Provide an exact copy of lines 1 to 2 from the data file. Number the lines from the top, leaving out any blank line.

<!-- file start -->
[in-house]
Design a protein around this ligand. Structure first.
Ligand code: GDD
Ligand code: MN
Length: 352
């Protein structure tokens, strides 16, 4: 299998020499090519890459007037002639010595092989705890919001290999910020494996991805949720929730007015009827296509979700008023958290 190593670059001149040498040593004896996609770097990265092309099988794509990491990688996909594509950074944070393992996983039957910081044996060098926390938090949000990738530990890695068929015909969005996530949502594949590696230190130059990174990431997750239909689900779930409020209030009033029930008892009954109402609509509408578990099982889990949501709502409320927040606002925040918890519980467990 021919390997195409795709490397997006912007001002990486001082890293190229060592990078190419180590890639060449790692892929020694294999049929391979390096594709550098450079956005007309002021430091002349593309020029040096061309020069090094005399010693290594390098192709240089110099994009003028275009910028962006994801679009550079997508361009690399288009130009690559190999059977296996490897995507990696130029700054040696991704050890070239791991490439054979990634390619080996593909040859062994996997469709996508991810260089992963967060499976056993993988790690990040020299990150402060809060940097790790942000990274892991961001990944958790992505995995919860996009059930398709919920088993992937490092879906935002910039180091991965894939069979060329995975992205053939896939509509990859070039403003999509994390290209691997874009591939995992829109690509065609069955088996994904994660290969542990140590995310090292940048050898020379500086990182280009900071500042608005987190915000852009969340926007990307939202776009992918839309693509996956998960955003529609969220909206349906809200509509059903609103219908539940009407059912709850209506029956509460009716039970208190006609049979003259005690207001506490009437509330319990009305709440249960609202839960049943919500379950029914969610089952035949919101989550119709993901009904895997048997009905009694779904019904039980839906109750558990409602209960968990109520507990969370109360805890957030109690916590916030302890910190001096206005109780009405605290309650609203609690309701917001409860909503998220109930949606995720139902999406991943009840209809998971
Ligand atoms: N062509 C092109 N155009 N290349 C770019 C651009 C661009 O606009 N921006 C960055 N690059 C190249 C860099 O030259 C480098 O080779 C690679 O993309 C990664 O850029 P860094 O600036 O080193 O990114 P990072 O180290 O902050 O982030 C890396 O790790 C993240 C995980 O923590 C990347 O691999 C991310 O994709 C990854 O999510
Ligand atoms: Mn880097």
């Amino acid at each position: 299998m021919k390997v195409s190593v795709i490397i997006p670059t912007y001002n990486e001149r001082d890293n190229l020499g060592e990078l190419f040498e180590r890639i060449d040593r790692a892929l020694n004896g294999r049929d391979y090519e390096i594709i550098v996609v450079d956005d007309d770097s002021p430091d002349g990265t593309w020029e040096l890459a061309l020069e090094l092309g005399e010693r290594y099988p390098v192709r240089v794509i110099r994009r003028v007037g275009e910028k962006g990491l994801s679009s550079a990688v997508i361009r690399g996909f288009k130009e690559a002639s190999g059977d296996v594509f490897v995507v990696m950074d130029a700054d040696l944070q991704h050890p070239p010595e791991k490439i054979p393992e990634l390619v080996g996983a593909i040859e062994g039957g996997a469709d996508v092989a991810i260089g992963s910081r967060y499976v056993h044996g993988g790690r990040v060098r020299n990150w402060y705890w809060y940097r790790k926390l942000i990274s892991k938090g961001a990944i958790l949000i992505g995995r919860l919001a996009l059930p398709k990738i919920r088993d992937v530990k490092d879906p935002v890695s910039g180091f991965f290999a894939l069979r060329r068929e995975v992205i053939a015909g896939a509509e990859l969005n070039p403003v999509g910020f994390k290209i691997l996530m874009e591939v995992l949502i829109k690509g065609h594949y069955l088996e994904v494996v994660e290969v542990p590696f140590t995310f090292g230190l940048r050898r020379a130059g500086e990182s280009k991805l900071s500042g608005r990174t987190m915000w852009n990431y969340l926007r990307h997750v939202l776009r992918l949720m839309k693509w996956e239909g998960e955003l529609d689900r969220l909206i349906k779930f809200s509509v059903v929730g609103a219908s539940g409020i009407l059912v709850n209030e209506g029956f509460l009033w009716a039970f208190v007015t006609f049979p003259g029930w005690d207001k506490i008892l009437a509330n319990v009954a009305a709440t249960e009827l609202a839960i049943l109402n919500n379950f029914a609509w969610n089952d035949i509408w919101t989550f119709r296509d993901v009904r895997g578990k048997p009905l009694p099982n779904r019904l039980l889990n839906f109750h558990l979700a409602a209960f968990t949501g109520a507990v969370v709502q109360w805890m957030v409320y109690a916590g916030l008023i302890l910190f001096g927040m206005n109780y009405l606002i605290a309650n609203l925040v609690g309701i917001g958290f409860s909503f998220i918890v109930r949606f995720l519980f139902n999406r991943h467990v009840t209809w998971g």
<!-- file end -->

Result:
[in-house]
Design a protein around this ligand. Structure first.